The first time I read Virginia Woolf was in a sophomore year humanities seminar regarding art and literature during wartime. The modernist icon's masterpiece, Mrs. Dalloway, was written through the lens of a people struggling to carry on after the shock of World War I. I was enraptured by the lucid, fluid prose: the way that she seamlessly weaved together the thoughts and feelings of different characters, the way that she discussed––candidly––how difficult it can be to carry on.
When I went to London, the incumbent President of the United States was still a candidate. Every Londoner I spoke to, dealing with Theresa May as they were, unknowingly about to face Brexit, knew as well as I did that the U.S. had become a laughingstock on the world stage. I chose to tell people that I was Spanish; with my brown skin and mastery of the language, it wasn't a difficult lie to pull off.
I grew ashamed about being ashamed of being American. When my parents came stateside from Venezuela, giving my siblings and I a chance at opportunity, we were told to embrace our new identity. I never quite felt at home in the States: a bookish brown kid with little desire to interact with anyone else until I grew up and learned to be social. I planned a trip to Hogarth House, where the Woolfs used to live and work. Seeing that the trip was too far from London proper, and already short on the pence I had budgeted, I chose instead to find her memorial.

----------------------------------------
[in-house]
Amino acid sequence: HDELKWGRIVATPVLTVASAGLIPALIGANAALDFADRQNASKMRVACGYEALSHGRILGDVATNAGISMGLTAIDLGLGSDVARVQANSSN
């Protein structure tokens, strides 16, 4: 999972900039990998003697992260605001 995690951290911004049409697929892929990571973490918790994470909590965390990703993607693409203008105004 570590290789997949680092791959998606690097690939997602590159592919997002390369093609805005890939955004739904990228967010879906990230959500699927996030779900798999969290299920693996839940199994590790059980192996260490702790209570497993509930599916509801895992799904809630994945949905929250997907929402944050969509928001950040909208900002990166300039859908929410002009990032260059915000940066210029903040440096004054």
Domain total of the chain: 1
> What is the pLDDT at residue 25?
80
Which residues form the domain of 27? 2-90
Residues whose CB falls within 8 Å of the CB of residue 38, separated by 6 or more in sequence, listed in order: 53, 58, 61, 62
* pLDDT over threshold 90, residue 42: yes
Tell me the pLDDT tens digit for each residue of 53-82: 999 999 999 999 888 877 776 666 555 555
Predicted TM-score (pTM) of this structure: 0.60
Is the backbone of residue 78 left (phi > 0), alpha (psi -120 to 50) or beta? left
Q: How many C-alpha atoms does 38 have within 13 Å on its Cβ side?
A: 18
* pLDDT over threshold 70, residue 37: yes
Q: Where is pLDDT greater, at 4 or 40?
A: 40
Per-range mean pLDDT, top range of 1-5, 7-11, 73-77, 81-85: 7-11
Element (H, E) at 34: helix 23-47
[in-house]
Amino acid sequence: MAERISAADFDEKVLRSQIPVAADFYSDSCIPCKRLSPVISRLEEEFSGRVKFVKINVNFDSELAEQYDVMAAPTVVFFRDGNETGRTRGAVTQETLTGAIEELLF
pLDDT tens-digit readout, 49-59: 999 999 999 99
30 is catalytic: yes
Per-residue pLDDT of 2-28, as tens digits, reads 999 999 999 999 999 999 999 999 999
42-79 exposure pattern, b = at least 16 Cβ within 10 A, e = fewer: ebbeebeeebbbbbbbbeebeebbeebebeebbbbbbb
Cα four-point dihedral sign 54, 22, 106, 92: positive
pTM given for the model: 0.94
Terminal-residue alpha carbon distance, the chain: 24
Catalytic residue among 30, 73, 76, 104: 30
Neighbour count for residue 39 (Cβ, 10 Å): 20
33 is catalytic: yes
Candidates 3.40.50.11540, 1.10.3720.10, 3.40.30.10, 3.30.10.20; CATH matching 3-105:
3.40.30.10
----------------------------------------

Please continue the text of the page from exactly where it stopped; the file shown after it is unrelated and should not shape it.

The long walk there, flanked at my sides by St. James Park and the Serpentine, both locations I had read about in Mrs. Dalloway, breathed an exciting new life into the book. It made everything suddenly real, suddenly alive. I thought about the war that I feared would fester if we were to elect a racist to the highest office in the nation; if we gave him the keys to the kingdom, how many would burn for him to dance on the ashes? How many would live like Septimus and Clarissa Dalloway, traumatized and emotionally repressed after experiencing the horrors of what was to come?
The monument itself was underwhelming; a simple, even ugly bust of the woman herself in old age, mouth agape and cast in bronze, with a placard below: Virginia Woolf, 1882-1941. She was stunning in how gnarled she was, and I thought about how much beauty she infused her words with. The woman who had saved my life, who had told me that it was okay to carry on in hopeless times. She was standing right in front of me, and all I could do was marvel at the pilgrimage I had taken. I wrote a short poem, and left some flowers as I walked slowly to The Tube under an overcast London sky.
Mrs. Dalloway said she would buy the flowers herself. I said, to myself, that if everything happened the way I feared it would, that I would be okay. Even post-election, there's still time to read, to write, to stare at the world in marvel, to go out and bring home some flowers for myself.